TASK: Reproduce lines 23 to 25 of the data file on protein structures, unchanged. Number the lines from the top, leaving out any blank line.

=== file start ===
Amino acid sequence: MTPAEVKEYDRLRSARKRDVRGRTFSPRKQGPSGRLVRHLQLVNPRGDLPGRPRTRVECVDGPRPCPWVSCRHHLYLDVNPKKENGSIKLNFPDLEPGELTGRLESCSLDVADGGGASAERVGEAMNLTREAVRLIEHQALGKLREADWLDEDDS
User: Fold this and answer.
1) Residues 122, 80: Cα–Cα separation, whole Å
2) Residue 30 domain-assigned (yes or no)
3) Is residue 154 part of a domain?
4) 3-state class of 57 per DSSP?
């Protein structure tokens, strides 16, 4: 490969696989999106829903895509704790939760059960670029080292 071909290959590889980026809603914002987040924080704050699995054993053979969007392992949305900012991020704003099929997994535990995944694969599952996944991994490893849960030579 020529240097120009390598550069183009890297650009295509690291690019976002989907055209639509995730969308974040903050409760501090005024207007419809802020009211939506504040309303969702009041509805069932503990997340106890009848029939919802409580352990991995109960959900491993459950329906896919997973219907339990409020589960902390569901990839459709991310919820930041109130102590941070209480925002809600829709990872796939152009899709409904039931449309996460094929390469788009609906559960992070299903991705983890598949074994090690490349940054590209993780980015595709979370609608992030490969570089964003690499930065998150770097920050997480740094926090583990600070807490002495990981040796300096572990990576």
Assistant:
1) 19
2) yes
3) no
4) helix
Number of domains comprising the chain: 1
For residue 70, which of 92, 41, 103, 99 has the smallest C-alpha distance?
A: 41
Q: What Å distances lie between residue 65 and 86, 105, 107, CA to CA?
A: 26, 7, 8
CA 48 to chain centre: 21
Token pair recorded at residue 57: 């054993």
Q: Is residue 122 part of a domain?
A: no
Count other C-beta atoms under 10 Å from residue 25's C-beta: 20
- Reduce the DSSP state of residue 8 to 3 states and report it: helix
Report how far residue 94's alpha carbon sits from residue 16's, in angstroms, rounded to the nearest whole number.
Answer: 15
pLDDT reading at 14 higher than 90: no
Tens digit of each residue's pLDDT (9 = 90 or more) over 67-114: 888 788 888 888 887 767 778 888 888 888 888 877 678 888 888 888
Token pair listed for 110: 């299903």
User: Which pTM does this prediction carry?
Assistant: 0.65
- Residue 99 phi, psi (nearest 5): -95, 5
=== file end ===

- Reduce the DSSP state of residue 8 to 3 states and report it: helix
Report how far residue 94's alpha carbon sits from residue 16's, in angstroms, rounded to the nearest whole number.
Answer: 15